Physical activity and life satisfaction in adolescence: The mediating role of initiative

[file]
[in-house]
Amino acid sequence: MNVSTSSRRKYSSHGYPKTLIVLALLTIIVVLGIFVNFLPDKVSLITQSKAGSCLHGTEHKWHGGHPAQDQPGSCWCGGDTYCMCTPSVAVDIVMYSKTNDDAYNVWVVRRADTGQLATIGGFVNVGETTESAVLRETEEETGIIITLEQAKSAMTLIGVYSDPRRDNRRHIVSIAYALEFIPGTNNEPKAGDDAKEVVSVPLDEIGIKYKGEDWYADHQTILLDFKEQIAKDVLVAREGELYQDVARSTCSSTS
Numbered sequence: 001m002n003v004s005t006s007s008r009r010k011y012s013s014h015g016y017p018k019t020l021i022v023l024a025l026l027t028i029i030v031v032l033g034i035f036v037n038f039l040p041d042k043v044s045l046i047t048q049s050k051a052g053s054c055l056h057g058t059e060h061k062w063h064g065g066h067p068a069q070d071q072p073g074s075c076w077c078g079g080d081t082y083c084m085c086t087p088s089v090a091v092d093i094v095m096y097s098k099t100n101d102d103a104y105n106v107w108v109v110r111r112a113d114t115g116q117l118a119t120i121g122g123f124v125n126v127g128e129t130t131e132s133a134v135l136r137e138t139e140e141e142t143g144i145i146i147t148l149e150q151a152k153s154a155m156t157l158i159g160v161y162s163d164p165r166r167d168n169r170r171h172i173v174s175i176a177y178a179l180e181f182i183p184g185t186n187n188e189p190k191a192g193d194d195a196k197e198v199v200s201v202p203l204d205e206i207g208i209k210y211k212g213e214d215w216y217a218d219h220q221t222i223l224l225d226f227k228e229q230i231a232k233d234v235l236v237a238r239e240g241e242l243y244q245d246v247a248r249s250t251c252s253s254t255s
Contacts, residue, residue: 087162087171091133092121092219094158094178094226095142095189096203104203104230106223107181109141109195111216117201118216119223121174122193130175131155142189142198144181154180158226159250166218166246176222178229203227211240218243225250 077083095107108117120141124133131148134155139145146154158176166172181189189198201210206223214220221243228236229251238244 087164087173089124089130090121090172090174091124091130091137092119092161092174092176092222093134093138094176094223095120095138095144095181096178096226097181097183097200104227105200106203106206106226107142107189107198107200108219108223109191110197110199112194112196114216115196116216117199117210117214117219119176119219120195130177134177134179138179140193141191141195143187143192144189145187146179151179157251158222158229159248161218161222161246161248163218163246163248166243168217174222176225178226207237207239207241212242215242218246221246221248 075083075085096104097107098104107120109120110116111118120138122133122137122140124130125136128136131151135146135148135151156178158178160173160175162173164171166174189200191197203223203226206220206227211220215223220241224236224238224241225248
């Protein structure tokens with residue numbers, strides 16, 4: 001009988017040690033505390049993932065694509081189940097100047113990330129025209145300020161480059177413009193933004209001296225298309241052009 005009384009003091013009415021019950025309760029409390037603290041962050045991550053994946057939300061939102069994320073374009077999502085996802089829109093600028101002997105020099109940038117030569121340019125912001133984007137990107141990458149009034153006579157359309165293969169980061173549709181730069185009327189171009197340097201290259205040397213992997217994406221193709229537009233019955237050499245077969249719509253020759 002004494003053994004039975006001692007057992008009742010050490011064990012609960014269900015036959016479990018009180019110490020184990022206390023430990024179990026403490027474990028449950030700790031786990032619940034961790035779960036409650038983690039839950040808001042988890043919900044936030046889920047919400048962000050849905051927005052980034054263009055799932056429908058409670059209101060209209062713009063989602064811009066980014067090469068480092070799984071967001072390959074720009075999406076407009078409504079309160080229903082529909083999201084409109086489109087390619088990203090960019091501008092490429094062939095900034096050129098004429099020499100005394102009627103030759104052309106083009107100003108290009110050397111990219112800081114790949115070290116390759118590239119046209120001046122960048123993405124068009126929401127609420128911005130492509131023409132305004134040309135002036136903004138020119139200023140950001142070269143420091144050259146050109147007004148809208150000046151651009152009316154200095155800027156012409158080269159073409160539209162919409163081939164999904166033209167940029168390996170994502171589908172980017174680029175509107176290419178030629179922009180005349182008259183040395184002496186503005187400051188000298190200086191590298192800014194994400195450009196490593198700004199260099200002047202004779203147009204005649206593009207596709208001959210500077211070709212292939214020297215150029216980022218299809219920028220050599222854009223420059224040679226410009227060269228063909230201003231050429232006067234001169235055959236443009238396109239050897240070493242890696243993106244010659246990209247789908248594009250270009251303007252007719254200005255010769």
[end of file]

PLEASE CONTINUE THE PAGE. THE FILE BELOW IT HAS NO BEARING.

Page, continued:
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Background: The ability to take initiative is considered an important developmental task in adolescence. Organised leisure time activities have been suggested as especially conducive contexts for initiative development. Therefore, the aim of this thesis was to investigate the relationship between leisure time physical activity, initiative, and life satisfaction in adolescence. The self-determination theory was used to identify factors that facilitate intrinsic motivation, initiative, and life satisfaction. Method: The study used data from Norwegian 15 year-olds (n = 1534, response rate 58 %) participating in the 2005/06 Health Behaviour in School-aged Children-study. Correlation analysis, two-way ANOVA's, and regression analyses were performed. Results: Organised physical activity participation was associated with higher frequency of physical activity [F (2, 1464) = 155.18, p < .001], more initiative experiences [F (2, 1370) = 139.62, p < .001], and higher life satisfaction [F (2, 1360) = 19.35, p < .001]. In addition, initiative fully mediated the relationship between physical activity and life satisfaction for girls [β reduced from .16 to .02], and partially mediated the same relationship for boys [β reduced from .24 to .12] and the entire sample [β reduced from .23 to .10]. Discussion: Organised physical activity seemed to be especially beneficial for initiative development. Learning to take initiative also appeared to be important for adolescents' general life satisfaction. A motivational climate that supports intrinsic motivation, competence-building, and social relationships was recommended, to maximise the psychosocial benefits of organised physical activity participation.